Cricket: Ryder could make return to cricket in Caribbean

By Kris Shannon

Jesse Ryder may make a return to the cricket pitch in the West Indies in July/August. Photo / APN
Jesse Ryder may make a return to the cricket pitch in the West Indies in July/August. Photo / APN

Jesse Ryder is being targeted to make a return to cricket in the inaugural Caribbean Premier League (CPL), starting in July.

The former Black Cap is recuperating from injuries suffered during an alleged attack in Christchurch last month but has been lined up to join fellow New Zealand batsman Ross Taylor at the month-long T20 competition.

Ryder's injuries, sustained when he was allegedly assaulted outside a Christchurch bar early on March 28, forced him to forgo his $300,000 contract in this month's Indian Premier League.

But the 28-year-old was last week released from hospital and is hopeful of making a full recovery, which would allow him to take his place at the six-team tournament from July 29 to August 26.

The Herald understands Ryder was being courted by officials from the CPL before the alleged assault, and, providing his recovery proceeds at a good pace, a return to the crease in the middle of the year is not out of the question.

His representatives would not comment last night but a well-placed source confirmed Ryder was wanted by the CPL.

Ryder suffered a fractured skull and punctured lung after allegedly being beaten following Wellington's season-ending loss to Canterbury. He made remarkable improvements after being brought out of an induced coma and there were no clear signs he sustained any serious long-term injuries.

The inaugural CPL may be an ideal environment for Ryder to make a comeback. Taylor was last week announced as the third foreign player to commit to the six-team league, following Australians Ricky Ponting and Adam Gilchrist.

The presence of the Australian pair, both retired from international cricket, provides some indication of the standard of competition expected, a level which would not subject Ryder to any strenuous demands.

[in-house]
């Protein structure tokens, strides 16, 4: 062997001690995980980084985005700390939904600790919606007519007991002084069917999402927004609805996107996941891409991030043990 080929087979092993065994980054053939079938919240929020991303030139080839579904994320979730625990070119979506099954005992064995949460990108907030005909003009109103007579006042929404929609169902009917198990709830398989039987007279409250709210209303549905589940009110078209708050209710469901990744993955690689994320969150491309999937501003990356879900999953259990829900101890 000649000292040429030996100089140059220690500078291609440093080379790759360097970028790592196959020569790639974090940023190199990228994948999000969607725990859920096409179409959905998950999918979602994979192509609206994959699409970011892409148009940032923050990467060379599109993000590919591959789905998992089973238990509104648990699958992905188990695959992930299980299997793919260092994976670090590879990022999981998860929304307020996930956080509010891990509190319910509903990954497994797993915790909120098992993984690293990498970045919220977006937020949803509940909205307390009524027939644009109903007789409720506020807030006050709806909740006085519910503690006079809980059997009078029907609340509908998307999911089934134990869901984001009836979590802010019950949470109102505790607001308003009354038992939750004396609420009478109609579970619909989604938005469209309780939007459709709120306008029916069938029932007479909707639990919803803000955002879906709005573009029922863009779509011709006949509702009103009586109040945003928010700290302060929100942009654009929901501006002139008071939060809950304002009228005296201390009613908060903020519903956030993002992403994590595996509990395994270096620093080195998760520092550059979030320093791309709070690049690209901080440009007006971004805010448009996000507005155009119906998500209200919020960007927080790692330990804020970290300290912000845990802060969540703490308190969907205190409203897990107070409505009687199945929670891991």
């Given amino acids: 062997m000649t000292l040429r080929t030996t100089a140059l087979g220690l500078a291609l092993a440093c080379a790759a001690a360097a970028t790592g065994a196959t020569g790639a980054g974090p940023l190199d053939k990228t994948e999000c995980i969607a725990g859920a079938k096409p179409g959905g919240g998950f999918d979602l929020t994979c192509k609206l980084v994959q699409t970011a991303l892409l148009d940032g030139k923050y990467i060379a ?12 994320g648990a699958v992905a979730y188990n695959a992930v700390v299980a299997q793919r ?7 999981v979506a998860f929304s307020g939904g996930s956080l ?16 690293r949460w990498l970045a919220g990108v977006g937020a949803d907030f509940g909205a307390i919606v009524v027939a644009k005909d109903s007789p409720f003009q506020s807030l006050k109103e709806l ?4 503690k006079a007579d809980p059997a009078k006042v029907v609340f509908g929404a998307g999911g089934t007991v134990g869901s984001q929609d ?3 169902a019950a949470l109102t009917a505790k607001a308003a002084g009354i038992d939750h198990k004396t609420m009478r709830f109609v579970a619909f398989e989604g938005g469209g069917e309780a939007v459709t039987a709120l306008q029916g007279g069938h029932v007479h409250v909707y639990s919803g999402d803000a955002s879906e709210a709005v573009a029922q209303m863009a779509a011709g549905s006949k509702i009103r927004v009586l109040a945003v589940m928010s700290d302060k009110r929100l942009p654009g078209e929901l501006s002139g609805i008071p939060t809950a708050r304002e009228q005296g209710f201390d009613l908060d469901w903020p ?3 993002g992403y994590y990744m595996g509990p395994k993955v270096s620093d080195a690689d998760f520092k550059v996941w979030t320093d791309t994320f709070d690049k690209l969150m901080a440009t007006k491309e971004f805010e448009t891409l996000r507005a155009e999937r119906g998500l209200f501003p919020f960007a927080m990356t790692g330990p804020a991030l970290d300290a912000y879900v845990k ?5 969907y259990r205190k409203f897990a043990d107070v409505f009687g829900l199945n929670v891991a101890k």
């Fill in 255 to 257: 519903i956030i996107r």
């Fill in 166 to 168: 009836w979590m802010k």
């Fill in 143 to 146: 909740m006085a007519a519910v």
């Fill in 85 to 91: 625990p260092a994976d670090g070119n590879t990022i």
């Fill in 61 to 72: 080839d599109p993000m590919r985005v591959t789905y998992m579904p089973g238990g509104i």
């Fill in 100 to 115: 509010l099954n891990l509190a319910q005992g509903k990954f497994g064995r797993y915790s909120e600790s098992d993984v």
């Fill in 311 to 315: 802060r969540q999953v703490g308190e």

The remuneration Ryder could receive is hard to judge because the CPL has revealed few details of the salary cap under which teams will each contract 15 players, but West Indies Cricket Board president Julian Hunte has said the league would provide retainers in excess of $400,000.

In the West Indies, Ryder would also be well away from the media spotlight the batsman tends to avoid.

Following a series of well-publicised incidents, Ryder opted to take a break from all cricket last year before returning to play for his province in the summer. He shone in all forms of the game for Wellington, prompting calls for his return to the national team, but Ryder steadfastly stuck to his plan of playing a full season for the Firebirds.

The CPL is scheduled during an international break for New Zealand, allowing the likes of Taylor to sign without jeopardising his involvement with the national team, before New Zealand tour Bangladesh in October.

Ryder will be under no illusions about the long road he faces if he wishes to return to international cricket, but playing in the CPL would be a start.


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